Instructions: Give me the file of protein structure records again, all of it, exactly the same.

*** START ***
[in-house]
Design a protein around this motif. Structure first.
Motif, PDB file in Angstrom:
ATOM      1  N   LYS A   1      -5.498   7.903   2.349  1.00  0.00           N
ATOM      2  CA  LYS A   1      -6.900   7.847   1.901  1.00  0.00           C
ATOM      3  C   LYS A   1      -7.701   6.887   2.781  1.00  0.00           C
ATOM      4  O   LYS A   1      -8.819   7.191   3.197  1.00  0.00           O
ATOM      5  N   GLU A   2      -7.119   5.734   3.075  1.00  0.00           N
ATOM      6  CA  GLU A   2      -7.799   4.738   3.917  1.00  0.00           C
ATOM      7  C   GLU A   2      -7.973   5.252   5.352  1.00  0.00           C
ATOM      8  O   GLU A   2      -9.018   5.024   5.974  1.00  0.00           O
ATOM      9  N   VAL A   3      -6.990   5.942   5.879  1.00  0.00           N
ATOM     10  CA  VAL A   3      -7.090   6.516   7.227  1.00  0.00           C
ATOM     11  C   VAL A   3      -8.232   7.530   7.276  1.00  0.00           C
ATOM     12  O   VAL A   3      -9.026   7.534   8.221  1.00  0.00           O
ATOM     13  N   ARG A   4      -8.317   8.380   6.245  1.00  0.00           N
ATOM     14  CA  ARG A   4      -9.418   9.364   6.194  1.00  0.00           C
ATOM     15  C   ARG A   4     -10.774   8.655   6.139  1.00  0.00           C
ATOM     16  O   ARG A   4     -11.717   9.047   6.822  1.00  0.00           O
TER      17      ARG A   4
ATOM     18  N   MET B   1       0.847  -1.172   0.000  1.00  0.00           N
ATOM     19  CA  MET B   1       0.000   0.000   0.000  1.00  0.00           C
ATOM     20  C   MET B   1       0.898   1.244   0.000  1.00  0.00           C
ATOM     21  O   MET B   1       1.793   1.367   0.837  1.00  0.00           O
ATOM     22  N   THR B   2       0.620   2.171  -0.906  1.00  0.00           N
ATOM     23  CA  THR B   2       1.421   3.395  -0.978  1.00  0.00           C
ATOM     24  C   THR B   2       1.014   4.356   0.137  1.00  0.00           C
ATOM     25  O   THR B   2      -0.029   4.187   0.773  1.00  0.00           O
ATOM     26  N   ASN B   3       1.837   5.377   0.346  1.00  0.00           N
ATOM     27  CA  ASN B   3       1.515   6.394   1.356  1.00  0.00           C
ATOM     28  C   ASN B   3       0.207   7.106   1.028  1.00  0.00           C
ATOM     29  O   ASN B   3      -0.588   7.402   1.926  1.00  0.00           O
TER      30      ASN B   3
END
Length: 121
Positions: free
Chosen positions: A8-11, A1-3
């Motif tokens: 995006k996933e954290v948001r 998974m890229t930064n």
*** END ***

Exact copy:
[in-house]
Design a protein around this motif. Structure first.
Motif, PDB file in Angstrom:
ATOM      1  N   LYS A   1      -5.498   7.903   2.349  1.00  0.00           N
ATOM      2  CA  LYS A   1      -6.900   7.847   1.901  1.00  0.00           C
ATOM      3  C   LYS A   1      -7.701   6.887   2.781  1.00  0.00           C
ATOM      4  O   LYS A   1      -8.819   7.191   3.197  1.00  0.00           O
ATOM      5  N   GLU A   2      -7.119   5.734   3.075  1.00  0.00           N
ATOM      6  CA  GLU A   2      -7.799   4.738   3.917  1.00  0.00           C
ATOM      7  C   GLU A   2      -7.973   5.252   5.352  1.00  0.00           C
ATOM      8  O   GLU A   2      -9.018   5.024   5.974  1.00  0.00           O
ATOM      9  N   VAL A   3      -6.990   5.942   5.879  1.00  0.00           N
ATOM     10  CA  VAL A   3      -7.090   6.516   7.227  1.00  0.00           C
ATOM     11  C   VAL A   3      -8.232   7.530   7.276  1.00  0.00           C
ATOM     12  O   VAL A   3      -9.026   7.534   8.221  1.00  0.00           O
ATOM     13  N   ARG A   4      -8.317   8.380   6.245  1.00  0.00           N
ATOM     14  CA  ARG A   4      -9.418   9.364   6.194  1.00  0.00           C
ATOM     15  C   ARG A   4     -10.774   8.655   6.139  1.00  0.00           C
ATOM     16  O   ARG A   4     -11.717   9.047   6.822  1.00  0.00           O
TER      17      ARG A   4
ATOM     18  N   MET B   1       0.847  -1.172   0.000  1.00  0.00           N
ATOM     19  CA  MET B   1       0.000   0.000   0.000  1.00  0.00           C
ATOM     20  C   MET B   1       0.898   1.244   0.000  1.00  0.00           C
ATOM     21  O   MET B   1       1.793   1.367   0.837  1.00  0.00           O
ATOM     22  N   THR B   2       0.620   2.171  -0.906  1.00  0.00           N
ATOM     23  CA  THR B   2       1.421   3.395  -0.978  1.00  0.00           C
ATOM     24  C   THR B   2       1.014   4.356   0.137  1.00  0.00           C
ATOM     25  O   THR B   2      -0.029   4.187   0.773  1.00  0.00           O
ATOM     26  N   ASN B   3       1.837   5.377   0.346  1.00  0.00           N
ATOM     27  CA  ASN B   3       1.515   6.394   1.356  1.00  0.00           C
ATOM     28  C   ASN B   3       0.207   7.106   1.028  1.00  0.00           C
ATOM     29  O   ASN B   3      -0.588   7.402   1.926  1.00  0.00           O
TER      30      ASN B   3
END
Length: 121
Positions: free
Chosen positions: A8-11, A1-3
């Motif tokens: 995006k996933e954290v948001r 998974m890229t930064n």